Tuesday, May 12, 2009

65% of Psychiatrists Say "NO" to Pharma on Facebook!

Psychiatric Times (PT), "the forum for the voice of psychiatry," is currently running a poll on its home page that asks readers a simple question:

"Do you agree that pharmaceutical companies should be allowed to join social networking sites, such as Facebook, to promote their products?"

So far, 65% of respondents say "No" and only 25% say "Yes."

Although there are not enough votes cast to make this significant, I am interested in following this poll as time goes on to see if the numbers change. You can find the poll here.

The readers of PT are predominantly psychiatrists (88% of approx. 39,000 subscribers), a group of physicians that up until now have received a lot of money from pharmaceutical companies to help promote new "medical conditions" such as "PGAD" (see "PGAD. EGAD! Another Syndrome/Disorder, Whatever!"). I assume the majority of poll respondents are psychiatrists too.

Of course, this poll allows respondents a great deal of latitude in interpreting the phrase "promote their products." Does this mean placing an ad in the right-hand column of targeted Facebook pages just like every other advertiser does? Does it mean Facebook pages devoted to products created by pharma marketers? Or does it mean pharma marketers posing as patients and posting comments praising products? I would say "No" to the latter, and say "Yes" to the first two. But I didn't have that option. Thus, I was among the 10% who were "Unsure."

And, there is no way of confirming that the majority of respondents are actually psychiatrists, especially now that I am promoting this poll here on Pharma Marketing Blog!

So, I'm sorry about the misleading title of this post. But it would be interesting to know what physicians (and patents) think of pharmaceutical companies engaging in their social networks. Yes, I know that Sermo polled its physician members and claimed that "more than 50% of [poll] respondents were in favor of having some kind of interaction with the industry" (see "Sermo CEO Talks About Pfizer Collaboration" and "Collaborating with Online Physician Communities"). That result, however, was based on only 89 responses -- a self-selected group of less than 0.3% of all Sermo members. According to Daniel Palestrant, M.D., founder and CEO of Sermo, the site also did "extensive focus grouping" to gauge their members’ preferences.

So as not to let a good opportunity to ask your opinion go to waste, I developed the How Should Pharma Engage in Patient/Physician Social Networks? Survey, which I hope you will respond to now.


  1. I've talked with two psychiatrists about their thoughts on Pharma Marketing. The problems they have with pharma marketing is the regulations concerning side affect disclosure. While they of course agree that patients should be aware of the side affects, they prefer not to have their patients hear about the side affects in a commercial or on a facebook page. When a depressed person with an eating disorder reads on facebook that the new anti-depressent they were just prescribed causes weight gain, they stop taking the drug. It's not the best way to convey risks/benefits according to many psychiatrists.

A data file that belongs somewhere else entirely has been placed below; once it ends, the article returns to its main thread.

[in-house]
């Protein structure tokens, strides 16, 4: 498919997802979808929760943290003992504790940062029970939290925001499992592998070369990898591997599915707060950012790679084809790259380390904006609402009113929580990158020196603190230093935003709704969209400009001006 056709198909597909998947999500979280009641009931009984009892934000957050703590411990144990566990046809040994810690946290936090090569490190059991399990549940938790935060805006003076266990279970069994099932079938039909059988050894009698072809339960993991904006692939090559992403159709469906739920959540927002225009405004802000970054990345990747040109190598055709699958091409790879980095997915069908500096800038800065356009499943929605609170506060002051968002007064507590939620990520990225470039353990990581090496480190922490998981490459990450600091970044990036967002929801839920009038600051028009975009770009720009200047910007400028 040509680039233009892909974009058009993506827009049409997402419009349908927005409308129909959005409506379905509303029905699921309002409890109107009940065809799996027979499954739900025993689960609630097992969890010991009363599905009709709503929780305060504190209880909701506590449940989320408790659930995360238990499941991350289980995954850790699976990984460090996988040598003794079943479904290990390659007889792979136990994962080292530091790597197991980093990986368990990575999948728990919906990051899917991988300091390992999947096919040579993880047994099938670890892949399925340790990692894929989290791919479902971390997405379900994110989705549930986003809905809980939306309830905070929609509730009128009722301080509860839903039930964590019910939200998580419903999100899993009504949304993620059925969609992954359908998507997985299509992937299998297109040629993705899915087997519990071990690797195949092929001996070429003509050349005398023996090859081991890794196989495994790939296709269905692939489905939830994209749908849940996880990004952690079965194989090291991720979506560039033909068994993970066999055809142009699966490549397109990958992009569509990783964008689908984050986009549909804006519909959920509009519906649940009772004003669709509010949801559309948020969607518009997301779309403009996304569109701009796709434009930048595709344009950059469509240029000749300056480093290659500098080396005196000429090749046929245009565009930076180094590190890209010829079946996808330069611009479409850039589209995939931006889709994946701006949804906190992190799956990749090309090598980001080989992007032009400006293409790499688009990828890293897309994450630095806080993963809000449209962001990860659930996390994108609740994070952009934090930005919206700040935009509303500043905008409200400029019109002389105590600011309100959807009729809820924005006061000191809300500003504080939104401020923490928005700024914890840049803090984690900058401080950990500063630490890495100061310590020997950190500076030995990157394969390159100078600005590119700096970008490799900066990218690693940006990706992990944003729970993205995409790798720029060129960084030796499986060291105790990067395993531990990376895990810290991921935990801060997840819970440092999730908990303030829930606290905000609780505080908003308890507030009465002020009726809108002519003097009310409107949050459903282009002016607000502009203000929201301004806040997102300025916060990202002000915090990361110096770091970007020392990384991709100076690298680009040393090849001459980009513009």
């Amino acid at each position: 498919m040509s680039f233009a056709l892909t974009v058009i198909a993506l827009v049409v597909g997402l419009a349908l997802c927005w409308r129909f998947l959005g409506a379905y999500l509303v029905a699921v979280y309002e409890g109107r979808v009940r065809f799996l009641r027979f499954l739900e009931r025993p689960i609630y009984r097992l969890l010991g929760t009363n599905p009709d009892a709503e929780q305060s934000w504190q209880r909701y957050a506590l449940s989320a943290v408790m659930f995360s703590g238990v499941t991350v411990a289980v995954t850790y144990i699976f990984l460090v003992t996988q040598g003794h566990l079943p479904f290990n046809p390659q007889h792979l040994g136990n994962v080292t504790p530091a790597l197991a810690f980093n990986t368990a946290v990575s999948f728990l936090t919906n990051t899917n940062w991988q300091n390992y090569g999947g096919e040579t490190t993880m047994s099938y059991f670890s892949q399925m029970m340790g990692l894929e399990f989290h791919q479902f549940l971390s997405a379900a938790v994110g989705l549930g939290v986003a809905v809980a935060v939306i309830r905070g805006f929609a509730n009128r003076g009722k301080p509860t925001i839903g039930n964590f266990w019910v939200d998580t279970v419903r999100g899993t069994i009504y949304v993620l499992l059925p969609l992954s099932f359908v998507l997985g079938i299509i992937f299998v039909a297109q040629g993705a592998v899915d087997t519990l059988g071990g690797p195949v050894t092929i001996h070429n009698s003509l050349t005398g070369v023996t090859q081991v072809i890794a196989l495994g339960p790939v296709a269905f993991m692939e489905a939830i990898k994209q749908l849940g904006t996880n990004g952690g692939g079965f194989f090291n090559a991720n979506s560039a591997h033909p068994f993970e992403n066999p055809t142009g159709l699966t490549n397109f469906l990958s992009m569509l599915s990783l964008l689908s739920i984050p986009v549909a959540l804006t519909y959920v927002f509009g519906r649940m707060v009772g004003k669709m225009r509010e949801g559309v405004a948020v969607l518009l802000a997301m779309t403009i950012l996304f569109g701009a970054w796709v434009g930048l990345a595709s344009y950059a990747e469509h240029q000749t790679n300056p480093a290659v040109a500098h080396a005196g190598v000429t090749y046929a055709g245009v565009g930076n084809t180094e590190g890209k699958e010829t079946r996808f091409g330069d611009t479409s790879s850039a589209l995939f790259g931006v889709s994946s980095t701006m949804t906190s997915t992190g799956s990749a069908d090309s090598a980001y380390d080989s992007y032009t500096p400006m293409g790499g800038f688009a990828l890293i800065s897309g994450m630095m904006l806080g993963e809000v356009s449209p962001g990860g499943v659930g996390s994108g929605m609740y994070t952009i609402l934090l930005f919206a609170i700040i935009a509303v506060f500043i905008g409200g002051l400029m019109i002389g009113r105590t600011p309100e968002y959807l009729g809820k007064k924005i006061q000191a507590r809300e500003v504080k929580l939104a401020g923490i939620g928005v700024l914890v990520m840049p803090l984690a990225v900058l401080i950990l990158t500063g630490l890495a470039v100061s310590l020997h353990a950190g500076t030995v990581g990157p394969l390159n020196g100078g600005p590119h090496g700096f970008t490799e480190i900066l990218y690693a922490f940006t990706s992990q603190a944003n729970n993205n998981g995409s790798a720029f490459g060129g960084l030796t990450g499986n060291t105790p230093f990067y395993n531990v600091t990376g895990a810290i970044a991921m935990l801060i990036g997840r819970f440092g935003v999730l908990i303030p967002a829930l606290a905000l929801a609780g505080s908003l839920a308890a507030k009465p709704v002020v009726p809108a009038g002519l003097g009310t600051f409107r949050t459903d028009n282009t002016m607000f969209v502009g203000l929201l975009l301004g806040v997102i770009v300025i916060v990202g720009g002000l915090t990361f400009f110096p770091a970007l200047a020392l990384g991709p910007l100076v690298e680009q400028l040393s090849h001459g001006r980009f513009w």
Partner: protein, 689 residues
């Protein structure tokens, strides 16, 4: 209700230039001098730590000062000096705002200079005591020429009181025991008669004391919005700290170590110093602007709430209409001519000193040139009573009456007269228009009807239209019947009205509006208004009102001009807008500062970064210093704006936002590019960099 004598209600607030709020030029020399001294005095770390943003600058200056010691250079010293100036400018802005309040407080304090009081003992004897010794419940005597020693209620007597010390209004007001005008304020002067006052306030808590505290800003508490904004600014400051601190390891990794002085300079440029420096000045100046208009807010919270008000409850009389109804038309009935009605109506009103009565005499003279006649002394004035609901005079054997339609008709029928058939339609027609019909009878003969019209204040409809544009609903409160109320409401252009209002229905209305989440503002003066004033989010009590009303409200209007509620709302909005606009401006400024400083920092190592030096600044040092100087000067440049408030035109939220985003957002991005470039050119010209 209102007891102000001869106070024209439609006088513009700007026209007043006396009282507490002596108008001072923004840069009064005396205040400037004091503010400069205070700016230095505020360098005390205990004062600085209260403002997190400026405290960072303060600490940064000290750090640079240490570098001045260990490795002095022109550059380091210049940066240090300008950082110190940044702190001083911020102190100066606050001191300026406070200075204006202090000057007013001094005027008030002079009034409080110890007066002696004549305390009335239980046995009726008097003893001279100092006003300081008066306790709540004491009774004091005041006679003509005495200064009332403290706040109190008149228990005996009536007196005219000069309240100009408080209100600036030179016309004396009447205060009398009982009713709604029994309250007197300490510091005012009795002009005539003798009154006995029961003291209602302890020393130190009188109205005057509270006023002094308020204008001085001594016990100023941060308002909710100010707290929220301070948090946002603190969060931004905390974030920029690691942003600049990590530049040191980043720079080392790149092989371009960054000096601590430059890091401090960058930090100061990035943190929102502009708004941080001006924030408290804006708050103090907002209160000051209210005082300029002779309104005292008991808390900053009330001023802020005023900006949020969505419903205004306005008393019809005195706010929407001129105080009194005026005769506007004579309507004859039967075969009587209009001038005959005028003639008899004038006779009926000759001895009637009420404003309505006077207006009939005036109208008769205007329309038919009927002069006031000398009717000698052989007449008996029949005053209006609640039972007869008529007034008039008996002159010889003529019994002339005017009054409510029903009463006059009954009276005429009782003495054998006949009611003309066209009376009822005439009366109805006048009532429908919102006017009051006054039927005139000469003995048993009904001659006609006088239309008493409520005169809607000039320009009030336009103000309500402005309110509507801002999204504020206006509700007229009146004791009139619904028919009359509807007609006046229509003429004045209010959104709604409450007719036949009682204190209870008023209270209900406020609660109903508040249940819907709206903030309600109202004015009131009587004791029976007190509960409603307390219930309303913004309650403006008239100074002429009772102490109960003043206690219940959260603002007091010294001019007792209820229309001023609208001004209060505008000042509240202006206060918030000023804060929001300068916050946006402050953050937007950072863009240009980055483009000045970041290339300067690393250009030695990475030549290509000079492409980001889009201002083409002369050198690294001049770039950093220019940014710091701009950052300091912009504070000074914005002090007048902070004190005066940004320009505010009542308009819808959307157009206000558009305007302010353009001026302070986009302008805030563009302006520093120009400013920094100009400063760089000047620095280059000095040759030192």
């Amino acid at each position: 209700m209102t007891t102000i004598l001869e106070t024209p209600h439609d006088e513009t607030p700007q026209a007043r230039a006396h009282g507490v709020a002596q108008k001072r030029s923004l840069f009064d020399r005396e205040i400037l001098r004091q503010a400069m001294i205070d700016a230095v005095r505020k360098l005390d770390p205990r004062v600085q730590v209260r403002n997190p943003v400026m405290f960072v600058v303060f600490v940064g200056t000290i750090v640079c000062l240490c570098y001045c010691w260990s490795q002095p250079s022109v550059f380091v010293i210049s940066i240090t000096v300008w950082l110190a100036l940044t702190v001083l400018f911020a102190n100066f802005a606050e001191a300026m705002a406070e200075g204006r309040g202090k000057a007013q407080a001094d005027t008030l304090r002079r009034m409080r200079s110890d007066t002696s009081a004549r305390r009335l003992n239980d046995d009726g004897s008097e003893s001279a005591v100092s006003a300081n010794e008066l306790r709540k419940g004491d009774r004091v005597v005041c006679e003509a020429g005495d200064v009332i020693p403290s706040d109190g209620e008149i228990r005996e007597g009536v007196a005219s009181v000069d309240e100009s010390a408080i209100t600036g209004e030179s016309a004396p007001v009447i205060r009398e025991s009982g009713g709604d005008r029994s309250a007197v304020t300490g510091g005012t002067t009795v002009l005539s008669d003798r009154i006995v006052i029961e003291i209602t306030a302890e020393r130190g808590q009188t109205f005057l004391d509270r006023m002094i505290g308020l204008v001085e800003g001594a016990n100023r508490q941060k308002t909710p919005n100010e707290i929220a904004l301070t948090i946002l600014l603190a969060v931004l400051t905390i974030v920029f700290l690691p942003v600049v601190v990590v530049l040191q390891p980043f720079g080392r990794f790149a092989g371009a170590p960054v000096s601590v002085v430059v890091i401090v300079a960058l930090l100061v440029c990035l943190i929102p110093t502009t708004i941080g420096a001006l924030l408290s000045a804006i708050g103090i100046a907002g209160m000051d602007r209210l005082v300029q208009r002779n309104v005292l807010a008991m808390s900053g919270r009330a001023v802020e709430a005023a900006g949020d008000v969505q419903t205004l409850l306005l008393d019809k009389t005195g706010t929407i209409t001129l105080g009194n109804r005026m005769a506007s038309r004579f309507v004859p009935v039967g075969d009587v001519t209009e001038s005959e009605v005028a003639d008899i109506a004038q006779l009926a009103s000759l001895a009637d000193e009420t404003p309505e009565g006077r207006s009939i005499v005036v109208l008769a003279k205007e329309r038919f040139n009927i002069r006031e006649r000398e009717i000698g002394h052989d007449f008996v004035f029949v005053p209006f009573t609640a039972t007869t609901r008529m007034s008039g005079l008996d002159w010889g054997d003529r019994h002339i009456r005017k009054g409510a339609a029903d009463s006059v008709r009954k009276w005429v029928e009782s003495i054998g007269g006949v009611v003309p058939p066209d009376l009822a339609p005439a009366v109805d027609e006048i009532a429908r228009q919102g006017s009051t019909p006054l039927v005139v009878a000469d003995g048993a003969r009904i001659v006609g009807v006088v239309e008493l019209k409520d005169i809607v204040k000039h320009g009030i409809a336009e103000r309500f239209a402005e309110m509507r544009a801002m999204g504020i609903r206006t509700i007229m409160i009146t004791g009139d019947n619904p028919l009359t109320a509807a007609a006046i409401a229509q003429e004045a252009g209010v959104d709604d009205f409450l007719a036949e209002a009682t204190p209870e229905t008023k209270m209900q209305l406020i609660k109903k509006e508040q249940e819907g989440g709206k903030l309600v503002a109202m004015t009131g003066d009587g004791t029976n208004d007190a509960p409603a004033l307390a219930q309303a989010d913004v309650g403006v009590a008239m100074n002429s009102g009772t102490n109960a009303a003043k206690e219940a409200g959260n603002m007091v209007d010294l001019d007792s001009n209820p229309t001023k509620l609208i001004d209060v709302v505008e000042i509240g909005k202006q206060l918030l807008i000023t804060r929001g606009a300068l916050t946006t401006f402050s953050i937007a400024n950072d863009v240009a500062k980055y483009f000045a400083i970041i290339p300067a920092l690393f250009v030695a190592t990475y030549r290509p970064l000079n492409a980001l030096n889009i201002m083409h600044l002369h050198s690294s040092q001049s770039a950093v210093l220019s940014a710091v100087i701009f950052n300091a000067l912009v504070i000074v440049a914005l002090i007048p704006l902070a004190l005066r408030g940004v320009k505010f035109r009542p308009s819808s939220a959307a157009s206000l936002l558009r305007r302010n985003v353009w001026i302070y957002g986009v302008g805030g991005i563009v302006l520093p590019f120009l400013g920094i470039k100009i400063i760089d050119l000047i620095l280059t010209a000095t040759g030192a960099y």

2. Maybe a facebook page written by a regulated pharma company is not the best way for patients to learn about and deal with side effects of a drug. But, pages and comments from PATIENTS who have gone through the experience and health with it may be just as good or BETTER than hearing it from their physicians who may err on the other side by downplaying the side effects.

  3. I meant to say "dealt with it" not "health with it"

  4. Kind of a little late for this seeing as many companies already have joined Facebook, et.al. to promote their products, eh? (See list here: http://bit.ly/B3PR7)

    What's Psychiatric Times' next survey? "Do you think we should send a man to the moon?"

  5. Jonathan,

    LOL, but I'm still interested in learning if there is ANY major study out there that asked consumers or physicians what are and what are not appropriate ways for pharmaceutical companies to engage them withing their SM communities.

    All too often we -- who are close to the industry -- assume that (1) pharma has the right to engage, and (2) we (pharma and its agents) have the responsibility for setting the guidelines WITHOUT really getting the audience's POV.

  6. At the end of the day, the pharma industry is selling products and getting the word out about said products is the name of the game. Social media is one way of getting the word out - why wouldn't pharma want to use it - and consumers and physicians can engage or ignore, just like they do any other means of communication.

    I'm pro information - so I say bring it on pharma!


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